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Instruction of the Deaf and Dumb. 57 off talking with him by signs, for that will be of more consequence to you, perhaps, as well as pleasanter, than any other way of talking can be, so I will write to you to-day a little more about it.
I hope you always remember to be as lively and pleasant as you can with him; and, as he cannot make use of his poor deaf ears, you must encourage him to make the more use of his hands, and his eyes, and let him look at things, and feel them, and observe them. If you could get some pictures about different trades, I think it would be very useful to you; for, if your child is old enough, you will be able to make him understand what the different tradesmen are doing, and what tools they are using ; and, when he goes by a carpenter's shop, or a shoemaker's, or a butcher's or a baker's, you can let him stop, and look at the tools, and see the way of using them; and he will make signs, as if he was at work himself, and these signs will be the same as if he said the words, carpenter, shoemaker, and so on. Sometimes
should make him compare bimself with other children, and other chil. dren with one another; look which is the tallest, and which the shortest, which is fair, and which is dark. Show him how they have all two eyes, two ears, eye-brows, eye-lashes, one mouth, upper lip, under lip, many teeth, two arms, two hands, four fingers, one thumb upon each hand; shew hiin the joints, the nails, and so on.
Sometimes, when you take your child into the fields, make him take notice of the sheep, the cows,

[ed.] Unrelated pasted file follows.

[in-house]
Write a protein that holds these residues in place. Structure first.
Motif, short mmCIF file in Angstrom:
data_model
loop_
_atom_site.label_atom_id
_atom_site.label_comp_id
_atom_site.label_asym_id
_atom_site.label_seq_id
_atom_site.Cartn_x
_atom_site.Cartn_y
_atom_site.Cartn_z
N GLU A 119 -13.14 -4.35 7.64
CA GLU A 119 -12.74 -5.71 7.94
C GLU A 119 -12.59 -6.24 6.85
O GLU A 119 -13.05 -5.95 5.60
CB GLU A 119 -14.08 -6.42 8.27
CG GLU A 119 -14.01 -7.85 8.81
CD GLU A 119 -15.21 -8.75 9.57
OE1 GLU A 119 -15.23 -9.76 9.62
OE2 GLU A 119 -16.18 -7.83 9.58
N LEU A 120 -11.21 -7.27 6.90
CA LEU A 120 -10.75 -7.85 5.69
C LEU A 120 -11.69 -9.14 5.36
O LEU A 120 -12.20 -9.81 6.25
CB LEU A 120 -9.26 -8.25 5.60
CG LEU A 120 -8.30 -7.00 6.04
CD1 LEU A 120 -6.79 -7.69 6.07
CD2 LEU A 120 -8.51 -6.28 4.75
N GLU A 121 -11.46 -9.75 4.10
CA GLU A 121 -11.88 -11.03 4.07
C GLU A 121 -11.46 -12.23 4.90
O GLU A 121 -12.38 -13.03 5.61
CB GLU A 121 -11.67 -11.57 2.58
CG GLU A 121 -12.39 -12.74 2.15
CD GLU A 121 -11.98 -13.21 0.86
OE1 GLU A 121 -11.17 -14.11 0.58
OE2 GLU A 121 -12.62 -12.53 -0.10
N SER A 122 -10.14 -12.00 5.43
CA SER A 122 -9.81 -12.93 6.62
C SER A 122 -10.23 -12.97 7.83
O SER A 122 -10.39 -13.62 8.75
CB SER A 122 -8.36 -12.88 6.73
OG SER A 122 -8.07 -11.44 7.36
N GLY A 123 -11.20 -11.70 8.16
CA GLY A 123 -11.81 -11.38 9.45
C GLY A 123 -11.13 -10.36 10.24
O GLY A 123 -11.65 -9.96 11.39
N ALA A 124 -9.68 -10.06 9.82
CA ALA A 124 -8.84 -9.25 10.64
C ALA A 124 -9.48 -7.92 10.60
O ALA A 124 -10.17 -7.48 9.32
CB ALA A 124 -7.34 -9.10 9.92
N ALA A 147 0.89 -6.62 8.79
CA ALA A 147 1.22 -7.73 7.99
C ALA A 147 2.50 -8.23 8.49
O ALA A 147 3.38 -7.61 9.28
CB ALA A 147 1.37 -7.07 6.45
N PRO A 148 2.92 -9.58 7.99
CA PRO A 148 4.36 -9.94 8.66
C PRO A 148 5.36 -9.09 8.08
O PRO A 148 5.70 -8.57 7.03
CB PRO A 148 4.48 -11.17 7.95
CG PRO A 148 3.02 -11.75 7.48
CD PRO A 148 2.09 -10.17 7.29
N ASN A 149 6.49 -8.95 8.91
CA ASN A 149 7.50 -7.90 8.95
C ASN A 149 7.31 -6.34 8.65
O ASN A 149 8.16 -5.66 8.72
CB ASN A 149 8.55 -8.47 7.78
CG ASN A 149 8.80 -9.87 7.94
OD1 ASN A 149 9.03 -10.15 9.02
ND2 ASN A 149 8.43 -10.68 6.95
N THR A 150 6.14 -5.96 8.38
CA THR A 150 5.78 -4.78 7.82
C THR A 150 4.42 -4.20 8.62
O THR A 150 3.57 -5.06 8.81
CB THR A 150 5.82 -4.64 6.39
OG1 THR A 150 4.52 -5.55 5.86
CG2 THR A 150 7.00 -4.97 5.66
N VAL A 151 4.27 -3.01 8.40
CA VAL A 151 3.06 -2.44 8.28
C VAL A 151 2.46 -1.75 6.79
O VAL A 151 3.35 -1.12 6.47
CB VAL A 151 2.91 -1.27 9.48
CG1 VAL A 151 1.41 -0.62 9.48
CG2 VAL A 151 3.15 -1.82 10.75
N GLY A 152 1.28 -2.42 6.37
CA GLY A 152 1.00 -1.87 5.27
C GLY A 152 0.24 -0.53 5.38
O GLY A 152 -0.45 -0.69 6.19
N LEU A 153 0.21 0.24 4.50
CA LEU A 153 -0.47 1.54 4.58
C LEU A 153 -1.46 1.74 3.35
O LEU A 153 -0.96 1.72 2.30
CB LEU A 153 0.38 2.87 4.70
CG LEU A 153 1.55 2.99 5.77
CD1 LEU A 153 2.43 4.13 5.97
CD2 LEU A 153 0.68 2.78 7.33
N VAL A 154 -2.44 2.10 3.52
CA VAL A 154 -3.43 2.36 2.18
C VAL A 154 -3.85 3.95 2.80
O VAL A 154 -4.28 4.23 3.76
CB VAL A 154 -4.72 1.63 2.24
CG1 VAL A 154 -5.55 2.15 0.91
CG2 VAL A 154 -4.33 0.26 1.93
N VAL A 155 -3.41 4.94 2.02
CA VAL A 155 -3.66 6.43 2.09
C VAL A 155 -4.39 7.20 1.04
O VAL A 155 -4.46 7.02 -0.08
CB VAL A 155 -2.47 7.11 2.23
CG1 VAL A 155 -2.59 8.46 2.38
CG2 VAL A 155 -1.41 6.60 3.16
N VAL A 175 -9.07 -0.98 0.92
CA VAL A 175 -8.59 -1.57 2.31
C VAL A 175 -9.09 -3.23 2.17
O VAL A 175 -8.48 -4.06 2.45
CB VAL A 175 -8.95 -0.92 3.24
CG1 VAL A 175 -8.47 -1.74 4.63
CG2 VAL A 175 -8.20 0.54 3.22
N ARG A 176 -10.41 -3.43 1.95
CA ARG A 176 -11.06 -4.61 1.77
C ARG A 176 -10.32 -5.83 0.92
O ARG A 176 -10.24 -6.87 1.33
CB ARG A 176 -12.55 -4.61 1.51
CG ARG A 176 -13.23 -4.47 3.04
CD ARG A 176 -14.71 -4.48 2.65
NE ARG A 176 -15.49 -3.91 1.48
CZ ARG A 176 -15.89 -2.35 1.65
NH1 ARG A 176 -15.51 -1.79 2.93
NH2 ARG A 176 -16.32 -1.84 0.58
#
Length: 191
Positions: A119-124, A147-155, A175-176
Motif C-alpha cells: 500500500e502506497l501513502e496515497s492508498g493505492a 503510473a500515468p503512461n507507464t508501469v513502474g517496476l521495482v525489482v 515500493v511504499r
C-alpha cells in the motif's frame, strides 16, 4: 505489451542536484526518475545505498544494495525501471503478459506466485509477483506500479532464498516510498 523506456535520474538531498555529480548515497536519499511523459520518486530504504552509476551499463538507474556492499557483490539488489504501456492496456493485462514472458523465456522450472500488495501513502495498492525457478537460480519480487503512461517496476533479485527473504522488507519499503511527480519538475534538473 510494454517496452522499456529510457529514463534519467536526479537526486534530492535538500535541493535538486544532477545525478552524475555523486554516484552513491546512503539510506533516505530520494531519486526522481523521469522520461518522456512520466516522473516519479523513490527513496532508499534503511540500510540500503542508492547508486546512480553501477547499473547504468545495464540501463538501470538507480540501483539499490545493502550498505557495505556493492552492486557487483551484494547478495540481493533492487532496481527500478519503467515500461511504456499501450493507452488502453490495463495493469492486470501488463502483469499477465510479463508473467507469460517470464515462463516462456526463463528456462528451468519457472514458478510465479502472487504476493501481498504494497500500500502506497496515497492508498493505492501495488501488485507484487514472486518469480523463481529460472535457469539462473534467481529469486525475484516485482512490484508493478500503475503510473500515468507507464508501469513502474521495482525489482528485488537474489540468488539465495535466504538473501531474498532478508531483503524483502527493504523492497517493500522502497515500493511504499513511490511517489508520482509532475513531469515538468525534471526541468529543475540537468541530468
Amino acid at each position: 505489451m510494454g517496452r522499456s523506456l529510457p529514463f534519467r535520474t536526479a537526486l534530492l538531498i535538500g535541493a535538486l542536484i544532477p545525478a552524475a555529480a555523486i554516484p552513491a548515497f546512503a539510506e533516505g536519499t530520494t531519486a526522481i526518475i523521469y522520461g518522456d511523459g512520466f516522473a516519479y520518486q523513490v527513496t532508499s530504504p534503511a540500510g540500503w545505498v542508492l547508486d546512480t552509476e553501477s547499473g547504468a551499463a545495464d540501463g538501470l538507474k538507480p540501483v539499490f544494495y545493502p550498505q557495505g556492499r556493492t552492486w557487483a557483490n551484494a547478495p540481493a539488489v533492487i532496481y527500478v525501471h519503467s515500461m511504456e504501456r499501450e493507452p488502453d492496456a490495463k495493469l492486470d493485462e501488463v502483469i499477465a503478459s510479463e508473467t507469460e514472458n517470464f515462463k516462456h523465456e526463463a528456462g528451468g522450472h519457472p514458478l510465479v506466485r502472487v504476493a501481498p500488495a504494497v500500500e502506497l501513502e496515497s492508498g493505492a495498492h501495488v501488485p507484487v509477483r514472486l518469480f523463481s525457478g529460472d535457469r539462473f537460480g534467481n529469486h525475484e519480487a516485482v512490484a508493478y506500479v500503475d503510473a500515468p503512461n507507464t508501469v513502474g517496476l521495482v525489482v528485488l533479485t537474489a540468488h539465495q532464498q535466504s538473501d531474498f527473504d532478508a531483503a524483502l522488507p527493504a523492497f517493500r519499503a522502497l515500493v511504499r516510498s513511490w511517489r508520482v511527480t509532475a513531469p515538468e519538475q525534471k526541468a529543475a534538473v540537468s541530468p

grass, the corn. If you take him into a field of ripe corn, shew him by signs how the reaper will cut it down, how the thresher will thresh' it, how the miller will grind it. If you should have any pictures of these things, you can shew them to him also by pictures. He will see how the flour is made into bread, how the loaves are baked in the oven, and will get signs for all these actions. In
the same way, when you shew him the sheep, you can tell him about shearing off the wool, and how some of his clothes are made of wool and so on. I would advise you, as soon as possible, to get your child into the way of making some sign of thanks to you, and all those who do him any kindness ; such as a bow, or a curtsey, or kissing his hand, as much as to say " thank you," when his food or bis clothes, or any thing that he wants, or likes to have, is given him. And let him also make some civil sign, such as putting his hands together when he asks you for what he wants, as much as to say, "pray," or "if you please,”--for you cannot teach him too soon to be civil and thankful.
I must not forget my promise of telling you a little more about teaching your child his letters. Besides teaching him to sort together the letters of the alphabet, I advise you to make him look at your mouth, and feel your throat, wbile you speak ihe letter, and let him try to speak it too, for this is the way that many dumb people have ben taught to speak, so as to be understood. You should take care to speak the letter C hard, like a K. as it is spoken in cat, case, corn; and the letter G in the same manner as it is spoken in good, gate, grey.
When he knows his letters, and has signs for them upon his fingers, then let him learn to write the letters, in copy hand, on a slate, and let him make the sign with his fivgers for every letter that he writes.
The next thing will be to teach him little words, such as cat, dog, boy, &c. in this way.-Shew him a cat, or picture of a cat, then shew him the word cat; point at the cai, and then point at the word ; and if he has got any sign for a cat, make that sign, and then sbew the word again, till he has learnt that the word is another sort of sign which means cat. Then spell cat with your fingers, and shew him the cat again.
On Reading the Scriptures.